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An Expert Shares What You Need To Know About Introducing Your Family To A Gender Non-Binary Partner For The First Time

Firsts are freaky, but they don’t have to be. In Her Campus’ series My First Time, we’re answering the burning questions you might be uncomfortable asking about IRL. In this article, we tackle introducing your family to a non-binary partner for the first time.

Introducing a new partner to your family can be a nerve-wracking experience for anyone, but when your partner identifies as non-binary, there may be some additional layers of complexity to navigate. In a world where traditional gender norms often dictate societal expectations, introducing your family to a non-binary partner may require delicate handling. As awareness and acceptance of diverse gender identities continue to evolve, more individuals are embracing their true selves outside the confines of the binary construct of male and female. This societal shift brings about new dynamics in personal relationships, including how families understand and embrace the partners of their loved ones.

It’s important to acquaint your family with a gender non-binary partner with sensitivity, respect, and open communication. But, how do you introduce your family to your non-binary partner respectfully — and what do you do if the conversation goes South? So, I spoke to the University Of Michigan’s Spectrum Center Wellness Program Specialist, Spencer Hall, MSW, who primarily works with LGBTQIA2+ students, about how to handle this kind of situation. Whether you’re preparing for that first meeting or seeking to enhance ongoing family relationships,  here are some practical bits of advice and support for creating meaningful connections between your gender non-binary partner and your family members.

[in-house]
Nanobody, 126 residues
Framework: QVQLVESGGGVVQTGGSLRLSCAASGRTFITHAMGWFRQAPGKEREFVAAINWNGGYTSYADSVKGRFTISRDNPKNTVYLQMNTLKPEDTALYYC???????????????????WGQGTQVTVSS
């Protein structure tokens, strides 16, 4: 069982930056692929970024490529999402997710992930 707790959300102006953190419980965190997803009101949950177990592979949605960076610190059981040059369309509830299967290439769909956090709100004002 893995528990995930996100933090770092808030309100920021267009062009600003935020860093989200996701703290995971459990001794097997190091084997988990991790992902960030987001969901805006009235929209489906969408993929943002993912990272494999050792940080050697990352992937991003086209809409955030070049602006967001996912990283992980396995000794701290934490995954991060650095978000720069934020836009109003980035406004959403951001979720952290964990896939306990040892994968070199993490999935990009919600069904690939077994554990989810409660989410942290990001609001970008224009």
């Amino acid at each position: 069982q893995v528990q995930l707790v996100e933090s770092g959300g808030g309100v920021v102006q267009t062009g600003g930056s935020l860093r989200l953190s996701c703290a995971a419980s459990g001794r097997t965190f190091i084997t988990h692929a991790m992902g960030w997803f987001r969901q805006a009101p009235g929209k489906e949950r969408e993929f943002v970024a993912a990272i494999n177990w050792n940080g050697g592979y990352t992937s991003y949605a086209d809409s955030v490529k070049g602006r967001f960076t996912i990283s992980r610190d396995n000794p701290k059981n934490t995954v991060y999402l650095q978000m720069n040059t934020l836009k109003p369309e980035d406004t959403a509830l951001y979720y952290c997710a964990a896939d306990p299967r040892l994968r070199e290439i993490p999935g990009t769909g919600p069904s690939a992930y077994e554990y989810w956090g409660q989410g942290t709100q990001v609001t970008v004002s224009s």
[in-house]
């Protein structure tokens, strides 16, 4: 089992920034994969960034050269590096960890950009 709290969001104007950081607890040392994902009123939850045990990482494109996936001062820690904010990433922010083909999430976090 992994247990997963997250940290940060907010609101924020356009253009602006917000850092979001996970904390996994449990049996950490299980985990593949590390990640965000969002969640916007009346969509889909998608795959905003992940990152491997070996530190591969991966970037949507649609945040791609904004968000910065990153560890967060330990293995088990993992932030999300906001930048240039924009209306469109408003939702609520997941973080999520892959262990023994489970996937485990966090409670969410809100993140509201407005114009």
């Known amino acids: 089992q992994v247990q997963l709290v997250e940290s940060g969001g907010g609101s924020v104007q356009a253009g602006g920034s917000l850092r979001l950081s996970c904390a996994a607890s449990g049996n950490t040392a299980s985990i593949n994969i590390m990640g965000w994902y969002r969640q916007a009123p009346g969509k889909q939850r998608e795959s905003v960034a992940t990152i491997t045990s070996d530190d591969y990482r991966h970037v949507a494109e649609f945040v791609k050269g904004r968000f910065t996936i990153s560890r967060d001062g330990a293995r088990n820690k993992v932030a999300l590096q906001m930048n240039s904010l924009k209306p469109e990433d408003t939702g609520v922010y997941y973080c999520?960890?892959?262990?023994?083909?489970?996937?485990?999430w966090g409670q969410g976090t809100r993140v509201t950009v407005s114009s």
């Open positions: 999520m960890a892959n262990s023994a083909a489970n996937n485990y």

Firstly, talk to your SO about what they want.

Before scheduling anything with your family, speak to your partner.  If you want to have your partner meet with your parents or family members, you must have permission from your partner first. It’s completely up to them if they are ready to meet your parents and share their preferred pronouns with them. “Check in with your partner first, and talk about if this is something that they want to do and what this would look like for them,” Hall suggests. “Your partner may decide that this is not something they want to tell your parents right now and you have to accept that.” 

It may not be the right circumstances for your partner, and you have to respect that. Your partner’s gender identity and pronouns are something they should be comfortable sharing first and not something that should be done without their consent

If they do want to meet your parents and share their gender identity with them, Hall suggests talking about what this would look like for your partner and how you can support them throughout this situation. “Come up with a plan that will take into account all things that could happen, good and bad, and what your next steps would be to comfort and be there for them, if needed.” Be prepared to be an advocate for your partner through this entire situation and support them if they need it. This could be an uncomfortable experience, so be prepared to be there for them all the way.